• 3. Practical Far-End NAT Traversal for VoIP Introduction The goal of far-end NAT traversal is to allow inbound and outbound VoIP calls to succeed in the highest possible number of cases, even when one or both call parties on the call are behind one or more address-translation-enabled firewalls. No requirements on the subscriber-premise’s hardware, software, or firewall should be permitted – the subscriber’s experience should be to simply plug in a properly configured VoIP phone and start making calls. This paper discusses the issues that must be considered and the solutions required to achieve this goal. We begin by examining the effects of firewalls in their role as packet admission controlling points, and then look into the more complicated issues arising from Network Address Translation (NAT) and Port Address Translation (PAT). Packet Admission Policy Problems Before discussing the issues of NAT and PAT, administrators must understand that network firewalls create many of VoIP’s problems with their packet admission policies. This is because firewalls are the gatekeeper of the UDP protocol which is required by VoIP. By default, firewalls are typically configured to behave in one or more of the following modes, listed in order of restrictiveness. Packet Admission Policy Modes 1. Allow all User Datagram Protocol (UDP) datagrams to come in through the firewall (Open). 2. Allow only certain hosts to send UDP inbound. 3. Allow certain hosts to send UDP inbound only from certain ports, and only to certain inside hosts on certain ports. 4. Allow all external hosts to send inbound UDP to any inside host, provided that the same type of traffic has recently been emitted outbound from any inside host/port. This is called a Full Cone NAT. 5. Allow an external host to send inbound UDP from any port to an inside host, provided that the same type of traffic has recently been emitted outbound from any inside host/port to that external host. This is called a Restricted Cone NAT. 6. Allow an external host and only that specific external host to send inbound UDP using the same port pair to an inside host. This is called a Port-restricted Cone or Symmetric NAT. Note that there is also a further difference between a Port-restricted Cone and Symmetric NAT which relates to the use of different global-port to local host-port bindings for traffic exchanges between a single internal host to different external hosts. 7. Allow an external host to send inbound UDP to an inside host, provided that the same type of traffic (host/port) has recently been emitted outbound to a port at the external host that is lower than 1024. This is a more restrictive variant of Port-restricted Cone or Symmetric NAT. 8. Behave as a proxy server that only allows inbound UDP traffic from special configurations on the clients. 9. Deny all inbound UDP traffic and responses (Closed). The concept of CPE-less NAT/Firewall traversal rests on the premise that UDP responses from at least one server on the outside network must be allowed to pass through. Different vendors use different terminology to describe Modes 4 through 7 in their firewall configurations. The most common names include Stateful Inspection, Adaptive Security Algorithm, Stateful UDP “Connection” Cache, and Reflexive UDP Admission. Copyright © 2007 Ditech Networks /20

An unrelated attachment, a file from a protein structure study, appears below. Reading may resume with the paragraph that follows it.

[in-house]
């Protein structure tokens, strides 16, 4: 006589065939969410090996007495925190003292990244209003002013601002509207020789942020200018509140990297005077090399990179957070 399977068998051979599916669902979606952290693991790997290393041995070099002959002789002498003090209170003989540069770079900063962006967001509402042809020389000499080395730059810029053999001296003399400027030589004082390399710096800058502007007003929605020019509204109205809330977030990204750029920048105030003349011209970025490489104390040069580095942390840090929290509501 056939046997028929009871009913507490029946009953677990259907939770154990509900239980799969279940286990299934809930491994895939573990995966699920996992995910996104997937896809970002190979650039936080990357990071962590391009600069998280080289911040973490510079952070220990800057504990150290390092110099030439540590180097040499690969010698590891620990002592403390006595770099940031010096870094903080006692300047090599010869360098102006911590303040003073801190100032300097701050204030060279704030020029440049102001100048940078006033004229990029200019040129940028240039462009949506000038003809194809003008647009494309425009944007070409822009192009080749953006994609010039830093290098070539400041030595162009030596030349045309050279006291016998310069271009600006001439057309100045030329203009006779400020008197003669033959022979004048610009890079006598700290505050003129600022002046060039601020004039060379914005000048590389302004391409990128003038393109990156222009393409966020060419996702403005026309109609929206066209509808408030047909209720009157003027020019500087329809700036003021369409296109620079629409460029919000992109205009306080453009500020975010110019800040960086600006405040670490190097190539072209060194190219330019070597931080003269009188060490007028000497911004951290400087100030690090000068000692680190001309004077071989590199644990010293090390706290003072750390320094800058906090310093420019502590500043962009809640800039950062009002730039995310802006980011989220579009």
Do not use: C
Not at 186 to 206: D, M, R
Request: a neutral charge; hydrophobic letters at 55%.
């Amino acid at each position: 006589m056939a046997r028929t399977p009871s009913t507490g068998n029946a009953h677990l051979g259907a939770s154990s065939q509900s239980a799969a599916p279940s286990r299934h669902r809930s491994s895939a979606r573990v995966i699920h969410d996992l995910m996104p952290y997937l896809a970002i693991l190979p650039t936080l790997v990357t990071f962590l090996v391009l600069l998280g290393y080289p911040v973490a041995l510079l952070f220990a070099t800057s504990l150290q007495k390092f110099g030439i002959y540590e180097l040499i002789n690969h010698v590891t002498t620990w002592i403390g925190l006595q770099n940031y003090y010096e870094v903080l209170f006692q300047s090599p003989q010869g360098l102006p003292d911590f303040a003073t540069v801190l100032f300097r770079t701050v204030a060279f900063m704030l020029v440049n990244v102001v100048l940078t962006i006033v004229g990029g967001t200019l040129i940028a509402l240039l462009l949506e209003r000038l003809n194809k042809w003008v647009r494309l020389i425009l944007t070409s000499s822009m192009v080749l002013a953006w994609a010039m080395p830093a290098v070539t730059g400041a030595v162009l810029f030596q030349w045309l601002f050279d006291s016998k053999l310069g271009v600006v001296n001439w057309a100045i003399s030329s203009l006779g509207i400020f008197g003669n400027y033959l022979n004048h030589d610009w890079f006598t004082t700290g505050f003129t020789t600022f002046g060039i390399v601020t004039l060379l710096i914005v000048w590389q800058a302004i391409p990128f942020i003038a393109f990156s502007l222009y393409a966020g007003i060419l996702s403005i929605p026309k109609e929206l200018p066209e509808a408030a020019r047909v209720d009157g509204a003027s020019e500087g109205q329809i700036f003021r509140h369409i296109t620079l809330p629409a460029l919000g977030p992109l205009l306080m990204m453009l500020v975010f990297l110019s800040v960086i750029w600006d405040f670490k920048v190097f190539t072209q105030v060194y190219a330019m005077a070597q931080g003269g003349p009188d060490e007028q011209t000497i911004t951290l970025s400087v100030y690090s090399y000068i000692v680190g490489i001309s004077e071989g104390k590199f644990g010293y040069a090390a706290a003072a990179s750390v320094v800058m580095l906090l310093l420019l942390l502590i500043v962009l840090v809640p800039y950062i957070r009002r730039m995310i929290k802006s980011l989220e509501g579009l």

• 4. Practical Far-End NAT Traversal for VoIP We will use the term Reflexive UDP Admission to describe firewalls that allow an external host to respond symmetri- cally within a given period of time. We will also call this temporary admission of responses a pinhole. Most firewalls support Reflexive UDP Admission by default, but firewall vendors usually do not disclose which type among the above modes that the default behavior for UDP admission falls into. Pinhole Timeout Thresholds Additionally, most firewall vendors do not disclose the length of the inactivity period after which a dynamic pinhole is closed. In our observations, multiple inbound packets are usually accepted for 30 seconds to 10 minutes after an outbound packet has been sent. However, some firewalls may arbitrarily close the pinholes, which halts the external entity’s ability to send inbound calls. Signaling Asymmetry Signaling asymmetry occurs when a client at an IP and port address declares a different IP address or port in the Via and/or Contact headers that are different from the IP address or port actually used to emit that SIP signal. For example, consider the scenario where there is an external Session Initiation Protocol (SIP) proxy server (Px) located at 204.31.1.11 listening on UDP port 5060. A SIP client (C1) located at 192.159.1.11 behind a non-NAT firewall sends a UDP signal from the randomly assigned ephemeral port 12345 to the Px port located at 5060. The client has the option to choose a port to listen to for responses and future requests. If, in the SIP signaling packet, the client declares a Via: information and Contact: information of 192.159.1.11:12345 (the same as its actual address and port), there will be no problems for firewalls configured to behave according to Modes 1 through 4 as previously mentioned. However, this general rule may be subject to the problems described below. Client-Side Signaling Asymmetry Client-side signaling asymmetry occurs when a client declares a different contact port in the Via. In this scenario, if a client declares a Via: port that is different from the source port used to send out the initial outbound signal (most likely a REGISTER), then firewalls that are configured to be more restrictive than Mode 3 will not allow such response packets to reach the client at the declared port. For example, if a client (C1) located at 192.159.1.11:12345 sends a REGISTER to the SIP proxy at 204.31.1.11:5060 with a declared Via: 192.159.1.11:5060, then the expectation is for the server to send the response to a port other than the initial ephemeral port. Figure 1 displays a schematic of a successful client-side signaling asymmetry. Figure 1: : Client-Side Signaling Asymmetry (Successful) Copyright © 2007 Ditech Networks /20